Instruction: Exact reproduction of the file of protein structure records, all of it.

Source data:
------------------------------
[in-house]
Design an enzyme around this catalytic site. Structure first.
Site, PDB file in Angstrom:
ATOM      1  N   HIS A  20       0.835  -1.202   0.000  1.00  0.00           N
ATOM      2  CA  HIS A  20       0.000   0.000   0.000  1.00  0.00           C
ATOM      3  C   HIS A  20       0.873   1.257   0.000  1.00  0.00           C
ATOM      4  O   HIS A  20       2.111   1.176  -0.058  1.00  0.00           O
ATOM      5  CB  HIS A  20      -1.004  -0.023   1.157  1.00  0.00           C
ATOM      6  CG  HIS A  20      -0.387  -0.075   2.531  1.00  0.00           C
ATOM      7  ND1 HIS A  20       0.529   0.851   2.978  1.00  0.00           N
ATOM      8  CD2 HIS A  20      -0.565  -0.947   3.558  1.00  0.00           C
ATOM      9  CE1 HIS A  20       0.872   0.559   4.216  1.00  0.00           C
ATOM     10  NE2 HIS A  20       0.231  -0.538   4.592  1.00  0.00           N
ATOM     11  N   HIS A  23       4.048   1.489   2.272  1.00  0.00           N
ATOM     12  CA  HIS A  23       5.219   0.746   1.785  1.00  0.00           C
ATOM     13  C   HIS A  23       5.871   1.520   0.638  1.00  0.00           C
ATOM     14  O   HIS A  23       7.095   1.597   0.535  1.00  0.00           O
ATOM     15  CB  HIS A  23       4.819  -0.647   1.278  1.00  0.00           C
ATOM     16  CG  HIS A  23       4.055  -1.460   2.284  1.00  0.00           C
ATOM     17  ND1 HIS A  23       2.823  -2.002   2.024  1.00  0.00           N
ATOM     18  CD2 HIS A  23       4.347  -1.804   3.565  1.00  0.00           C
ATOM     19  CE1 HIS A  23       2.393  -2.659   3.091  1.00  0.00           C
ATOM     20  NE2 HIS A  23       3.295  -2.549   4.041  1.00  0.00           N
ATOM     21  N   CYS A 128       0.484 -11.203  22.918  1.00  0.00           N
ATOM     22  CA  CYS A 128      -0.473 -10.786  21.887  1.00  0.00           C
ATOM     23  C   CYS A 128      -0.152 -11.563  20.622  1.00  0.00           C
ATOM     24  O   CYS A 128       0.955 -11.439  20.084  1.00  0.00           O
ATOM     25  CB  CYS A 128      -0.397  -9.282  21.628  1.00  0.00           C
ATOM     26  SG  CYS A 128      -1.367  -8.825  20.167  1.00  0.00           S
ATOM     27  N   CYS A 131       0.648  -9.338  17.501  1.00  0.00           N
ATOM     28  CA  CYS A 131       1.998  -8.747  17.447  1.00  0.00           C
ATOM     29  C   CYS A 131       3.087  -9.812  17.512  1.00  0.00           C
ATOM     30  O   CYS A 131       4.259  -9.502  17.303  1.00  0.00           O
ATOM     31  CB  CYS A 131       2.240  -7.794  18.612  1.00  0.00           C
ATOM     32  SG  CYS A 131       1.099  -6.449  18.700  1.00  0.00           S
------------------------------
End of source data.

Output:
[in-house]
Design an enzyme around this catalytic site. Structure first.
Site, PDB file in Angstrom:
ATOM      1  N   HIS A  20       0.835  -1.202   0.000  1.00  0.00           N
ATOM      2  CA  HIS A  20       0.000   0.000   0.000  1.00  0.00           C
ATOM      3  C   HIS A  20       0.873   1.257   0.000  1.00  0.00           C
ATOM      4  O   HIS A  20       2.111   1.176  -0.058  1.00  0.00           O
ATOM      5  CB  HIS A  20      -1.004  -0.023   1.157  1.00  0.00           C
ATOM      6  CG  HIS A  20      -0.387  -0.075   2.531  1.00  0.00           C
ATOM      7  ND1 HIS A  20       0.529   0.851   2.978  1.00  0.00           N
ATOM      8  CD2 HIS A  20      -0.565  -0.947   3.558  1.00  0.00           C
ATOM      9  CE1 HIS A  20       0.872   0.559   4.216  1.00  0.00           C
ATOM     10  NE2 HIS A  20       0.231  -0.538   4.592  1.00  0.00           N
ATOM     11  N   HIS A  23       4.048   1.489   2.272  1.00  0.00           N
ATOM     12  CA  HIS A  23       5.219   0.746   1.785  1.00  0.00           C
ATOM     13  C   HIS A  23       5.871   1.520   0.638  1.00  0.00           C
ATOM     14  O   HIS A  23       7.095   1.597   0.535  1.00  0.00           O
ATOM     15  CB  HIS A  23       4.819  -0.647   1.278  1.00  0.00           C
ATOM     16  CG  HIS A  23       4.055  -1.460   2.284  1.00  0.00           C
ATOM     17  ND1 HIS A  23       2.823  -2.002   2.024  1.00  0.00           N
ATOM     18  CD2 HIS A  23       4.347  -1.804   3.565  1.00  0.00           C
ATOM     19  CE1 HIS A  23       2.393  -2.659   3.091  1.00  0.00           C
ATOM     20  NE2 HIS A  23       3.295  -2.549   4.041  1.00  0.00           N
ATOM     21  N   CYS A 128       0.484 -11.203  22.918  1.00  0.00           N
ATOM     22  CA  CYS A 128      -0.473 -10.786  21.887  1.00  0.00           C
ATOM     23  C   CYS A 128      -0.152 -11.563  20.622  1.00  0.00           C
ATOM     24  O   CYS A 128       0.955 -11.439  20.084  1.00  0.00           O
ATOM     25  CB  CYS A 128      -0.397  -9.282  21.628  1.00  0.00           C
ATOM     26  SG  CYS A 128      -1.367  -8.825  20.167  1.00  0.00           S
ATOM     27  N   CYS A 131       0.648  -9.338  17.501  1.00  0.00           N
ATOM     28  CA  CYS A 131       1.998  -8.747  17.447  1.00  0.00           C
ATOM     29  C   CYS A 131       3.087  -9.812  17.512  1.00  0.00           C
ATOM     30  O   CYS A 131       4.259  -9.502  17.303  1.00  0.00           O
ATOM     31  CB  CYS A 131       2.240  -7.794  18.612  1.00  0.00           C
ATOM     32  SG  CYS A 131       1.099  -6.449  18.700  1.00  0.00           S